Just think of the stories we’ll tell when this is over. Serious stories of the courage and self-sacrifice of health-care, grocery, and sanitation workers. Creative stories of re-imagined weddings and graduation celebrations. Funny stories of toilet paper and puppy (no kidding!) shortages. Great stories rely on two key things: novel content, and great delivery. In Episode 15 of Big Fish in the Talent Pool, my podcast for Talent Leaders, you’ll meet a true leader with both.
Of all the Talent Acquisition Leader jobs I’ve seen, the most unique has to be Rob Dromgoole’s role at The Choctaw Nation of Oklahoma. And check your stereotypes about Native Americans at the door, because it’s not what you think. Their guiding principles are Faith, Family, and Culture, and The Ten Commandments are posted outside of every Choctaw Nation building. Servant leadership is the norm and they open every meeting with prayer. Unique indeed! And we’re not talking about small volumes here – on average, it’s 3,000 hires annually Rob and his team bring into the Sovereign Nation in rural Oklahoma.
But Rob is no stranger to unique and demanding TA leader roles. He brings a load of experience recruiting impossible-to-find skill sets into out-of-the way geographies. Take for example his previous role hiring Nuclear Engineers, Physicists, and Biologists into arid eastern Washington for Pacific Northwest National Laboratories. This guy loves a good challenge.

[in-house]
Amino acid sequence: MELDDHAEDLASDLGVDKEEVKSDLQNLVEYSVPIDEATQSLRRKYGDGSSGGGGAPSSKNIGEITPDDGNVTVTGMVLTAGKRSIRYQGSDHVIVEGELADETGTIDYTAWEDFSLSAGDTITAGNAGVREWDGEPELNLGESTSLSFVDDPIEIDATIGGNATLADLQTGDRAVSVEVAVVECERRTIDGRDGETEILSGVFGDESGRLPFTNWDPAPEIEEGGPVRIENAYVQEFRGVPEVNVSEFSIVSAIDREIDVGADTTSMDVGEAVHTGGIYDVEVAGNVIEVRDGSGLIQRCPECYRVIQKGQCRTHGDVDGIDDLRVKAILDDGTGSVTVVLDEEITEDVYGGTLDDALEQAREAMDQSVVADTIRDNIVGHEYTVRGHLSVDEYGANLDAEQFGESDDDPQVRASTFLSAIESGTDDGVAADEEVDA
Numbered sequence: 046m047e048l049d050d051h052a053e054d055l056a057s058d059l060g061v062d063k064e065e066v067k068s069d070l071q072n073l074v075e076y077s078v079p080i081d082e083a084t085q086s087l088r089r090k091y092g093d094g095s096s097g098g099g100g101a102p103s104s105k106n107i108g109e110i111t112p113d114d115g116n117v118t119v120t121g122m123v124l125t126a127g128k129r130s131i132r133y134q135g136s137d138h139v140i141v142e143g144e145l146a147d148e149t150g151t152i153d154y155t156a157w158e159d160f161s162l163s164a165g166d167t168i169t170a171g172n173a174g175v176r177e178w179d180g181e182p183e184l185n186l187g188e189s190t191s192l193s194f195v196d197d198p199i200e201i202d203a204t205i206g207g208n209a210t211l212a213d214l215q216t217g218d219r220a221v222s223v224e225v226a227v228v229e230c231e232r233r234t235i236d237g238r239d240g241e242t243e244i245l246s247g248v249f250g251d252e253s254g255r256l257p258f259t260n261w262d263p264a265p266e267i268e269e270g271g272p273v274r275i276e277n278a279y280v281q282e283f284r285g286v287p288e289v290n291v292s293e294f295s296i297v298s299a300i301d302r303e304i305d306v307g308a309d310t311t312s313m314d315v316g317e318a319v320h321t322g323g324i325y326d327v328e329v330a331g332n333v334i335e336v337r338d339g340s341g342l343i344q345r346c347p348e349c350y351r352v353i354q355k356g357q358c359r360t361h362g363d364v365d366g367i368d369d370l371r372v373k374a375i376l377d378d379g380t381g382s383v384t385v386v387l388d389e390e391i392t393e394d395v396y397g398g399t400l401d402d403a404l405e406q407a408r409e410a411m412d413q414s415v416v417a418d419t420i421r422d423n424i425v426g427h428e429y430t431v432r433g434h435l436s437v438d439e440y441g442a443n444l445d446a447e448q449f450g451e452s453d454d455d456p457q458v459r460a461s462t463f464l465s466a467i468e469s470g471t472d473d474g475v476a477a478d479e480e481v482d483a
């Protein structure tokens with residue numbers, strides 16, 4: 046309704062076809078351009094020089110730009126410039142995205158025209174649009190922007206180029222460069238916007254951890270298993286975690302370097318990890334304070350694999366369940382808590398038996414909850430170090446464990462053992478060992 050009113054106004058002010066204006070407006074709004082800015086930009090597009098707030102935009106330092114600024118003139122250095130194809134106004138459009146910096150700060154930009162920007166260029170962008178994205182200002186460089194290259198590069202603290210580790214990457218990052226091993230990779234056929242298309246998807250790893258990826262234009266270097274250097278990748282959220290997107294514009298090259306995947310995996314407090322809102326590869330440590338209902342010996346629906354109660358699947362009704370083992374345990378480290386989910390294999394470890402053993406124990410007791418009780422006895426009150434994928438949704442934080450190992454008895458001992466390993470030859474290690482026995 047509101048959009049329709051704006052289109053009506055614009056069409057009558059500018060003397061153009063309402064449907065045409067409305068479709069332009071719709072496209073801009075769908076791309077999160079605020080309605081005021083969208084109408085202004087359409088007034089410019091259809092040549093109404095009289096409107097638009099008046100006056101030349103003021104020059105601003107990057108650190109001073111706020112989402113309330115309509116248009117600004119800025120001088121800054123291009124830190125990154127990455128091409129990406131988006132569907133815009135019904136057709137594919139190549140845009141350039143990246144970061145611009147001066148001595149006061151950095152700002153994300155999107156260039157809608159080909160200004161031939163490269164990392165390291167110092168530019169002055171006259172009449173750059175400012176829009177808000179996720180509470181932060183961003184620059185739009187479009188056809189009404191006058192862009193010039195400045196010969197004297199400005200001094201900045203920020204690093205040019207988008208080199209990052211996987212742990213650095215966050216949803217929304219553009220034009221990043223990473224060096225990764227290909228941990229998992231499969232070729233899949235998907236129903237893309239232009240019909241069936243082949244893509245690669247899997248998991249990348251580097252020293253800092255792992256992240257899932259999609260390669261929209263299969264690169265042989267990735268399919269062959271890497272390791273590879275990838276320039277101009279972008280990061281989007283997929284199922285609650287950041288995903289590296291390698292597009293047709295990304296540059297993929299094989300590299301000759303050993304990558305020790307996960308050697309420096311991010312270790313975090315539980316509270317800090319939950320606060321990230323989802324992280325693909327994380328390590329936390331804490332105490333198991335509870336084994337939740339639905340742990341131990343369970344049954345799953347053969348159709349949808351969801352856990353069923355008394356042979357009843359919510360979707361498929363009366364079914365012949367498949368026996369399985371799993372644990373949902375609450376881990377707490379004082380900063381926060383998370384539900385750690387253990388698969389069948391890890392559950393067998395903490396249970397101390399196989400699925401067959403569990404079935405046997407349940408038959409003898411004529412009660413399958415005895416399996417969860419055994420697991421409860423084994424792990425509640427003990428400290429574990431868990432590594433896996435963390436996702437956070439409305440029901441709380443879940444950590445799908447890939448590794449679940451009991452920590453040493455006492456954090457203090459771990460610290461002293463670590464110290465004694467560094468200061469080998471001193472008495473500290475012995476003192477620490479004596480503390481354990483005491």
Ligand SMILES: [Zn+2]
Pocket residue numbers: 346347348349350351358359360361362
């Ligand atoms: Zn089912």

As an editor and photojournalist for the US Army, Rob learned early in his career about the art of storytelling. Later while at Executive Search Firm ROI, his former boss would point out random individuals walking by in downtown Seattle and ask Rob to “share their (made up) story”. Hence, weaving a compelling narrative eventually became second nature to him, and a differentiator.
Recently, Rob has posted video stories on Linked In as he walks his dog. He’s using the platform to get the word out about the Choctaw Nation’s diverse TA team navigating through the COVID-19 challenge, adapting to virtual work while supporting their need for connection with each other. His affable style is indicative of their culture and of his personal values. In Rob’s words, “Servant leadership is having the point of view that your team doesn’t work for you; you work for your team.” When we focus on the needs of our own communities, Rob told me, we are able to create opportunities for others to grow and prosper.
Erin McDermott Peterson is a Partner with PeopleResults, helping clients with Global TA interim leadership, process renovation, and RPO advisory. Follow her on Twitter @ErinMcPeterson, connect with her via linkedin.com/in/erinpeterson or email at email@example.com and listen to her Podcast for Talent Leaders: Big Fish in the Talent Pool on iTunes and SoundCloud, or wherever you access podcasts.